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Why Retention Marketing Should Rule Your 2017

Written by Jaclyn Levi

Traditionally, the priorities of marketing have always focused on acquiring new customers and driving sales, with retention placed at the bottom of the proverbial totem pole. But that strategy belies hard facts: that your existing customers are more valuable to your business than new customers. According to research done by Bain & Company, returning participants tend to spend 67% more than first-timers. And over the course of a year, loyal customers are worth ten times more than newbies! More loaded facts? Harvard Business Review study has shown that increasing customer retention by 5% can ultimately increase profits by 25% to 95%.    So now there’s the critical million dollar question: what's a strong retention marketing strategy that works to help you retain your current customer base? Let’s discuss... 


What Won’t Work

Don’t think that relying on product differentiation to keep your current customers interested is going to fly. With more options than ever, your events are bound to be similar to others. And since pricing competition is all but dead, you won’t be able to rely on being the lowest cost event. Additionally, you should remember that the lowest price doesn’t always equate to the best value. In fact, “Two-thirds of consumers state that they are willing to spend more with a company they believe provides,” more value. All this insight indicates that many of your current marketing efforts may be doing your bottom line few favors. Offering blanket discounts and blasting mass email campaigns could prove to be wasted effort, hurting your ROI. Why? Because of that little factoid, we referenced above. The one that shows consumers are now shopping for value and experience. 


So What Should You Do? 

Your priority should be a shift in thinking. Just as consumers have shifted focus from price to value, your strategy should shift from prioritizing the value of the single acquisition to prioritizing a customer’s lifetime value. Once it's evolved, implementing new initiatives to prioritize retention will become an easier effort. Now that we’ve covered the basics, what initiatives can you undertake to improve your customer retention rates? 


Invest in Reciprocity 

Like we said before, doling out blanket discounts and freebies can cost you. But creating a culture of reciprocity with your customers has proven to be effective. Small, thoughtful gestures will have a much bigger impact than random promos. The gesture doesn’t have to be large or even monetary. After all, it is the thought that counts. Need an example of things you can do? Try sending your customers a birthday email with a $5 discount. Or let them reach VIP status and share their perks with a few friends and family. You may even want to offer a freebie to your customers who refer you more business, encouraging them to continue to act as your best marketing tool. It’s possible to make your reciprocity efforts work extra hard for you, by making it a surprise. The more customers spend, the more they feel they’ll get a reward in return, even if it’s entirely random. This research can have substantial implications for your marketing strategy as it shows that rather than promoting blanket discounts or set rewards programs, your business can benefit from random one-time rewards to your big spenders.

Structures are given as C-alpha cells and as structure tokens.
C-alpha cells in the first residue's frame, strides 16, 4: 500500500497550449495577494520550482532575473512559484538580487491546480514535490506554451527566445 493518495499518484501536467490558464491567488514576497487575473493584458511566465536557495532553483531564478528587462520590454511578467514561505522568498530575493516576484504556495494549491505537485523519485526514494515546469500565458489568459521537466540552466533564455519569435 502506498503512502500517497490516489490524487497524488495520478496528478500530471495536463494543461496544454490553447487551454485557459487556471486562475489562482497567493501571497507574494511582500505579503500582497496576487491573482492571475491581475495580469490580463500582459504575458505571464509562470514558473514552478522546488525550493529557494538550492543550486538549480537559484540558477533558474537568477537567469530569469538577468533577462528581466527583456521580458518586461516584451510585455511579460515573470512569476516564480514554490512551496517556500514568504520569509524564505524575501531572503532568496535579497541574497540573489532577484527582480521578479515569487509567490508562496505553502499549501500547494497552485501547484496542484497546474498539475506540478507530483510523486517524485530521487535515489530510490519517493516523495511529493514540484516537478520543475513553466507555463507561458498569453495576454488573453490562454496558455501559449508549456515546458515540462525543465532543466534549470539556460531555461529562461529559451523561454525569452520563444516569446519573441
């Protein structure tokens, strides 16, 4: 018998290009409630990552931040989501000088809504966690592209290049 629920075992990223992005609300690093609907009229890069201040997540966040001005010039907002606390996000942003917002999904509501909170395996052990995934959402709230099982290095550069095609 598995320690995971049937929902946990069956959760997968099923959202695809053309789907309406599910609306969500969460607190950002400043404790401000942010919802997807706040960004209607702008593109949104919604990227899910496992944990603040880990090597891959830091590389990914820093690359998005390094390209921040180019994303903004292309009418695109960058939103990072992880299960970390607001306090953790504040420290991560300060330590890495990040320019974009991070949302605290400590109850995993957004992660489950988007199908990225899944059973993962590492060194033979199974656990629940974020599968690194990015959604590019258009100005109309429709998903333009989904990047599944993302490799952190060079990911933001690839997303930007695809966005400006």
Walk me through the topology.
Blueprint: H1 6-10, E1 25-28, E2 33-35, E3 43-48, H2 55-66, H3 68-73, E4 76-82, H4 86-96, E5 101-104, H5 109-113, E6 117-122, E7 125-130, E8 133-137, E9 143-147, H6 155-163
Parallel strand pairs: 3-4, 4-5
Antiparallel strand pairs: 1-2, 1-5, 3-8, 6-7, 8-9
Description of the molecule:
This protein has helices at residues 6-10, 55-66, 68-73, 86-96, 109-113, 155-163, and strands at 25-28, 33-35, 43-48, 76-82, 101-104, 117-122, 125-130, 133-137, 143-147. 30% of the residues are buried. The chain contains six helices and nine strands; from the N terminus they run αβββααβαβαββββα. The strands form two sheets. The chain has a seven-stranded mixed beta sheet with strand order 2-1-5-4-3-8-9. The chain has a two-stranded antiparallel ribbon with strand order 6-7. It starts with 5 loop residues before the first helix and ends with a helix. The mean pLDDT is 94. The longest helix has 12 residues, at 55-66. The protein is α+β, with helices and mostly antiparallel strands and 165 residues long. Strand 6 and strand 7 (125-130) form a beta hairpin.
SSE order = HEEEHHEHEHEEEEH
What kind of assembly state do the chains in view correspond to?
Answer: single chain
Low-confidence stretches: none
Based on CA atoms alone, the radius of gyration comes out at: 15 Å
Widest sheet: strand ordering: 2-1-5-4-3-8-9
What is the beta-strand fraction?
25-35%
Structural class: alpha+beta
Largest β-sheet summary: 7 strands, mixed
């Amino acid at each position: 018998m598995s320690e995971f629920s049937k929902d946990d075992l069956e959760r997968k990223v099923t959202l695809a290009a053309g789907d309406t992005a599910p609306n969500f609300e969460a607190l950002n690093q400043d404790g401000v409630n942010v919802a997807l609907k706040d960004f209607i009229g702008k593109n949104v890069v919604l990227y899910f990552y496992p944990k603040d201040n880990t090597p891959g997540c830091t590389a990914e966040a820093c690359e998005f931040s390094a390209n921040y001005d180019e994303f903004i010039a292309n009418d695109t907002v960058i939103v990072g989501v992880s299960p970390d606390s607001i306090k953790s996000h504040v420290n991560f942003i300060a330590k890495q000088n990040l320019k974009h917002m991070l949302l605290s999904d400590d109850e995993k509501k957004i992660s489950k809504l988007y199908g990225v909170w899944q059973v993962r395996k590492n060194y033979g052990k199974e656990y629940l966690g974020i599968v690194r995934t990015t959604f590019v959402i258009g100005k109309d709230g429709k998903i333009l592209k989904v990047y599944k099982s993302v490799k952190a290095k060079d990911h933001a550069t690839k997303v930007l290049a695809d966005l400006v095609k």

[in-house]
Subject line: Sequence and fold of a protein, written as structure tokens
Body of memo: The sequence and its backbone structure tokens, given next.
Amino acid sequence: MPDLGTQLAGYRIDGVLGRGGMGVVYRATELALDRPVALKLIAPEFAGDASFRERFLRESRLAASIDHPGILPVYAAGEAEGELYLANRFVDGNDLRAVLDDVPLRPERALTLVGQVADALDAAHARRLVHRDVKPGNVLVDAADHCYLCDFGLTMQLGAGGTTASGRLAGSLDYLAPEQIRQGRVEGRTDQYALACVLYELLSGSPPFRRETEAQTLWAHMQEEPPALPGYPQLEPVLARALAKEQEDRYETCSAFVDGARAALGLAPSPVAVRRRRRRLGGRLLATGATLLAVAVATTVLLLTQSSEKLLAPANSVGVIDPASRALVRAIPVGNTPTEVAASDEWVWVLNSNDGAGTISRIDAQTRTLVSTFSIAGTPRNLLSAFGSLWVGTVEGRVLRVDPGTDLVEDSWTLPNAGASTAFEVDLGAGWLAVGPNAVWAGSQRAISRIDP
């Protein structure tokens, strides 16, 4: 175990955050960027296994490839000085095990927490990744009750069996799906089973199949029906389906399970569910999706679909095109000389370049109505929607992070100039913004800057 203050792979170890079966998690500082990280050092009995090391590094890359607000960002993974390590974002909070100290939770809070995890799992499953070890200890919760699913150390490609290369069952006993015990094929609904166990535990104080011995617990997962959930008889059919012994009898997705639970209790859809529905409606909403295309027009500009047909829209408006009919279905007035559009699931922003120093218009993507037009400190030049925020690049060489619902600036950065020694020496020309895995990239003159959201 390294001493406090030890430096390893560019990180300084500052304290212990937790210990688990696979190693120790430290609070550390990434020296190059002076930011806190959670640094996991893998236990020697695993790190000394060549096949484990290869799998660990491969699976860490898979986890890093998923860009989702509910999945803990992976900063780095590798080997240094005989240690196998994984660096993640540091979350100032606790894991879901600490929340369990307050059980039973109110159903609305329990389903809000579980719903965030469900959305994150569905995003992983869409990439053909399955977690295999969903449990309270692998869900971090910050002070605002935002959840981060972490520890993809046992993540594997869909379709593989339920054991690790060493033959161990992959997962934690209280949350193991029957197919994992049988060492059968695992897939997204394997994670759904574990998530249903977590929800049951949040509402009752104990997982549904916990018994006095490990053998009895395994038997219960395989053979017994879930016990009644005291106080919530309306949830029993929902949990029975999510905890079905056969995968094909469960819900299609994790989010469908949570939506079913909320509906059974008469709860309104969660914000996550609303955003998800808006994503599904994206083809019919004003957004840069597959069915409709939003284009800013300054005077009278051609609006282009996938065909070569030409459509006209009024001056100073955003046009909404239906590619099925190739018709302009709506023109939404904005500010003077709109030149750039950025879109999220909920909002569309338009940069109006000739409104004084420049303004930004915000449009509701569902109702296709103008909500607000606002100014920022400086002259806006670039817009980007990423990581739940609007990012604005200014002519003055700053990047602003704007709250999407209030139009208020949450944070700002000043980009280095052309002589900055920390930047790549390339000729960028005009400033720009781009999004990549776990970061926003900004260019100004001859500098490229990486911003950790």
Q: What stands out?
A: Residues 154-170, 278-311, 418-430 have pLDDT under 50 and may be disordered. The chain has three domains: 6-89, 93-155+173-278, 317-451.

Fast Runners Don’t Necessarily Want Fast Customer Service 

It’s not that customers don’t want timely customer service, it’s that they want more than just speed. In our increasingly connected world, access to customer service is easy for consumers. But what isn’t ever-present? Quality customer service. Consumers consistently rate a quality and complete customer service experience better than a fast one. In fact, your customers will be nine times more likely to be engaged and purchase ready for businesses that value quality over quickness. 


Treat Your Customers Like Individuals, Not Data Points 

By personalizing the customer experience at as many touch points as possible, you’re proving to them that you value their individuality and don’t see them as just another cog in your marketing wheel. Some simple tips on how to do this:

  • Market to them with content that’s relevant and timely
  • Give them a bespoke event experience with customized bibs and a personal results page with a downloadable finisher certificate
  • Give any fundraisers a customizable page to bring in donations


Make Your Efforts Communal 
Consistency is key, and your whole team needs to be onboard to keep your customer experience streamlined. Utilizing a powerful CRM will help give your entire team access to all the necessary data to provide each customer with the best experience every single time. To focus marketing efforts on retention can feel like you’re betraying your most basic business instincts, but the success you'll gain by stepping outside of this box is backed by sufficient data. In the end, it all boils down to knowing your customers better to build better relationships, and that is something you can’t be short changed.

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